4. 4. Virtual Employee or Contractor? “Working from home doth not a contractor make.” The general rule is that an individual is an independent contractor if the payer has the right to control or direct only the result of the work and not what will be done and how it will be done.
    5. 5. Virtual Employee or Contractor are employees subject to company policies, and with full access to benefits and regulatory protections. are a business-to- business relationship. Compliance with the majority of tax and labor regulations is the Contractor’s responsibility.
    6. 6. Technology Considerations  Is the Information covered by HIPAA? ◦ Business Associate Agreement ◦ Document Transfer  Digital Signatures  Jurisdictional Concerns  2005 UN Convention, Canadian PIPEDA, EU Directives ◦ What happens to lost equipment? ◦ Security Software
    7. 7. There’s No Escaping OSHA (Occupational Health & Safety Act) OSHA Instruction CPL-2-0.125 ◦ The OSH Act applies to a private employer who has any employees doing work in a workplace in the United States. It requires these employers to provide employment and a place of employment that are free from recognized, serious hazards, and to comply with OSHA standards and regulations ◦ Employers who are required, because of their size or industry classification, by the OSH Act to keep records of work-related injuries and illnesses, will continue to be responsible for keeping such records, regardless of whether the injuries occur in the factory, in a home office, or elsewhere, as long as they are work-related, and meet the recordability criteria of 29 CFR Part 1904.
    8. 8. …or Workers Compensation Injuries incurred in a telecommuting/virtual employee’s home may be covered by workers’ compensation if the employee was injured in the course and scope of their employment. ◦ Liability –Factors to Consider  Regularity of work performed at home?  Is the telecommuting an employee or employer convenience?  Designated Workspace / Business Equipment?
    9. 9. Wage and Hour Concerns  Tracking Time Worked ◦ Overtime Liability ◦ Meal and Rest Periods  Location is irrelevant; the Employer must ensure compliance with federal and state wage and hour laws.
    10. 10. Privacy Issues Confidentiality and privacy issues ◦ Email ◦ Internet Usage ◦ Access to Company Information ◦ Employee Monitoring Have a Policy on Internet security and Email  Should state that workers have no expectation of privacy or confidentiality when using work- related computer or Internet resources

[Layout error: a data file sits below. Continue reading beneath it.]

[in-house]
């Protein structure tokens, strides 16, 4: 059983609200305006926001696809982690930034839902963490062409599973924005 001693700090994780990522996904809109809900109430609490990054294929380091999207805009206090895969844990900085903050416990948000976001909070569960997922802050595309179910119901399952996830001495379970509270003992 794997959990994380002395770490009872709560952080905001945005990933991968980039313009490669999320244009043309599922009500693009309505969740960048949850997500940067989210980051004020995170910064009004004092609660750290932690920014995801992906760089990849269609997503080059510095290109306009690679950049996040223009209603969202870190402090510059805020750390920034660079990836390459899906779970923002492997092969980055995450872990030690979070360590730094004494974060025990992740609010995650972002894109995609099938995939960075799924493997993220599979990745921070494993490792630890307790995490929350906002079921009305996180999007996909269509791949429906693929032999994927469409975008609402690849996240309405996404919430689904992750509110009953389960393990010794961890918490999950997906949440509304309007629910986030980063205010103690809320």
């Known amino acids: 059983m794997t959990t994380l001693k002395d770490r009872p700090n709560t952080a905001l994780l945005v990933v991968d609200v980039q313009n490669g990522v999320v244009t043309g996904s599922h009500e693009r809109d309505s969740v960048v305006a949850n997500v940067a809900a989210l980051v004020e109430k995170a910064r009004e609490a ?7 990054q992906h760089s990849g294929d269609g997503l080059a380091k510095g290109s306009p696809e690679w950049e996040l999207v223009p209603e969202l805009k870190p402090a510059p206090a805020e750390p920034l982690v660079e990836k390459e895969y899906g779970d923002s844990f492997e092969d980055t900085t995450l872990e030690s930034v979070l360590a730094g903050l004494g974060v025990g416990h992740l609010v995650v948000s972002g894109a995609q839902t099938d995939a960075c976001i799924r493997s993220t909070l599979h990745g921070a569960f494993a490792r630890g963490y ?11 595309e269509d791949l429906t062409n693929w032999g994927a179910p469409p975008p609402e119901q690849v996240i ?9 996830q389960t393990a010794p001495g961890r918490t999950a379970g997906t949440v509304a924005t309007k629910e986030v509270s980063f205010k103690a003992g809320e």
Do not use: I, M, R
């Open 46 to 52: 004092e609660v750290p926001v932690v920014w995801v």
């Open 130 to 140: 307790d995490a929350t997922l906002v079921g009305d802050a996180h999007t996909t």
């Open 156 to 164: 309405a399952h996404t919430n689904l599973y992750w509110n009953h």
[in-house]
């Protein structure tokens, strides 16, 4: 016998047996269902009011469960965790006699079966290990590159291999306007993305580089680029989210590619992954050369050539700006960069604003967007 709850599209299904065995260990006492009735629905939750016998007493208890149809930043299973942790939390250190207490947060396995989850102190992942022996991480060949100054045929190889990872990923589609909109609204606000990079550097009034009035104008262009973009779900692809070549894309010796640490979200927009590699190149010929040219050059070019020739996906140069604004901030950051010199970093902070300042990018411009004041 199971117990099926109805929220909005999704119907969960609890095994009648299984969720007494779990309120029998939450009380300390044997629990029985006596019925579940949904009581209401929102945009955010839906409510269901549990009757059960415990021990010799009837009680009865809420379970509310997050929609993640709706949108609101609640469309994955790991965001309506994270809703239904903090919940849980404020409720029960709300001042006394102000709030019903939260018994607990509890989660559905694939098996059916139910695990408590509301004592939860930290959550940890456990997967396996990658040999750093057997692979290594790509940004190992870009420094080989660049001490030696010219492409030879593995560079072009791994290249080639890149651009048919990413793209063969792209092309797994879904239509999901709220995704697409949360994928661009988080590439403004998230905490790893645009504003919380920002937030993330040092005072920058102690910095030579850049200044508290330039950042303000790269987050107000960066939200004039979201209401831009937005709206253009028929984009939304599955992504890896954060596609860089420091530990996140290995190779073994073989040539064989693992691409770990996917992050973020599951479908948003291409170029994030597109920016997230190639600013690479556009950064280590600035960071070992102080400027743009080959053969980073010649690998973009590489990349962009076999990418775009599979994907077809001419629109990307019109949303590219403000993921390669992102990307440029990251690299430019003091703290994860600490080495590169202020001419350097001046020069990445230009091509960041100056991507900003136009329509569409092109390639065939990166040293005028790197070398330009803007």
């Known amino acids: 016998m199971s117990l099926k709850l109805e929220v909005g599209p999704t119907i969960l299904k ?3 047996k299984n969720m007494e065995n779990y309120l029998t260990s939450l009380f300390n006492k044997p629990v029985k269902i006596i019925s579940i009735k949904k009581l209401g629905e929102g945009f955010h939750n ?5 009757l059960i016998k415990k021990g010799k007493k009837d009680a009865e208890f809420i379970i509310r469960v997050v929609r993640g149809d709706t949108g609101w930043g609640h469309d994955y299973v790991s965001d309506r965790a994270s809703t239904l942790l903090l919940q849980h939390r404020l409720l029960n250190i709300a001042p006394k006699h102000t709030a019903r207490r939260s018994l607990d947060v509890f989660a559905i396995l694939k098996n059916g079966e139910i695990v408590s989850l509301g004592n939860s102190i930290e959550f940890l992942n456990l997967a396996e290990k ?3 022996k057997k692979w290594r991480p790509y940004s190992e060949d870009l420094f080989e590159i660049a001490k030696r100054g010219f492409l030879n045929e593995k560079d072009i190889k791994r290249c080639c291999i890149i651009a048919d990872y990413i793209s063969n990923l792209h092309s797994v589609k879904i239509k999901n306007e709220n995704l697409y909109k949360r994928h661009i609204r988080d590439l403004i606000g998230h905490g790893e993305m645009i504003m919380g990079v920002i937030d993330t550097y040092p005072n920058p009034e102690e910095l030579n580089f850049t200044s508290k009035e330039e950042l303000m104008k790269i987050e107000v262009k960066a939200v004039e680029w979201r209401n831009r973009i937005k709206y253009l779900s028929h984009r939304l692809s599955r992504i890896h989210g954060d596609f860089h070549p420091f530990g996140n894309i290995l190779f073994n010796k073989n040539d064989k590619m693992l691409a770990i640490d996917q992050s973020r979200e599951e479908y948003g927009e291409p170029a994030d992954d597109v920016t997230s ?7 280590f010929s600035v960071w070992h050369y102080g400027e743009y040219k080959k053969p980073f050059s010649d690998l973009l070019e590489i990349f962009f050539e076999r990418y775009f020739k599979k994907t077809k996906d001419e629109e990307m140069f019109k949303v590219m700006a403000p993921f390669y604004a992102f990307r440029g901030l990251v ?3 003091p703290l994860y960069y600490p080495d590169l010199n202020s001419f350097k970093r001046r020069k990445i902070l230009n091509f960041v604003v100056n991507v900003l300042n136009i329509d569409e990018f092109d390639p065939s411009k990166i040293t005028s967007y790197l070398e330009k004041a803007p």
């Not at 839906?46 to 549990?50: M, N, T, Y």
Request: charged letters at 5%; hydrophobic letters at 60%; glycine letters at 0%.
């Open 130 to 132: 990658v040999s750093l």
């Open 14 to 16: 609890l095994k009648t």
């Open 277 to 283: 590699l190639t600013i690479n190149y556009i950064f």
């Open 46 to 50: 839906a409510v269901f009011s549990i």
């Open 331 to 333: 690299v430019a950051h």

11. 11. Home Decorations Nothing says Home Sweet Home more than an OSHA or FMLA Poster Posting requirements do not exempt home offices. An employee working at home is required to post all required workplace posters in his/her home office.
    12. 12. Leaves and Accommodations Telecommuting may be a disability accommodation. ◦ EEOC Guidance suggests Telecommuting could be a reasonable accommodation. ◦ Could be utilized as a part time option under FMLA ( But cannot be Required) Document in detail the accommodation or the reasons for the denial.
    13. 13. Tax Issues Generally, Telecommuting / Virtual Workers do not have to have a business license or pay business Taxes. Independent contractors generally do.
    14. 14. Tax Issues Generally provides that days worked from home are treated as the employer’s “State” work days unless the nonresident employee worked outside of the employer’s State by necessity.
    15. 15. Tax Issues ◦ Example of Double Taxation: Bob works for a company in New York and commutes there 2 days a week. Bob works from his home in Connecticut 3 days a week. Bob is taxed by New York on all his income earned from the New York employer. Bob is also taxed on his income by Connecticut. (Resident State) A Telecommuter may avoid double taxation if they do not enter the employer “state.”
    16. 16. States with the Employer Convenience Rule New York 20 NYCRR §132.18(a) Delaware Del. Schedule W Pennsylvania 61 Pa. Code §109.8 Nebraska Title 316, §22-003.01C(1)
    17. 17. Questions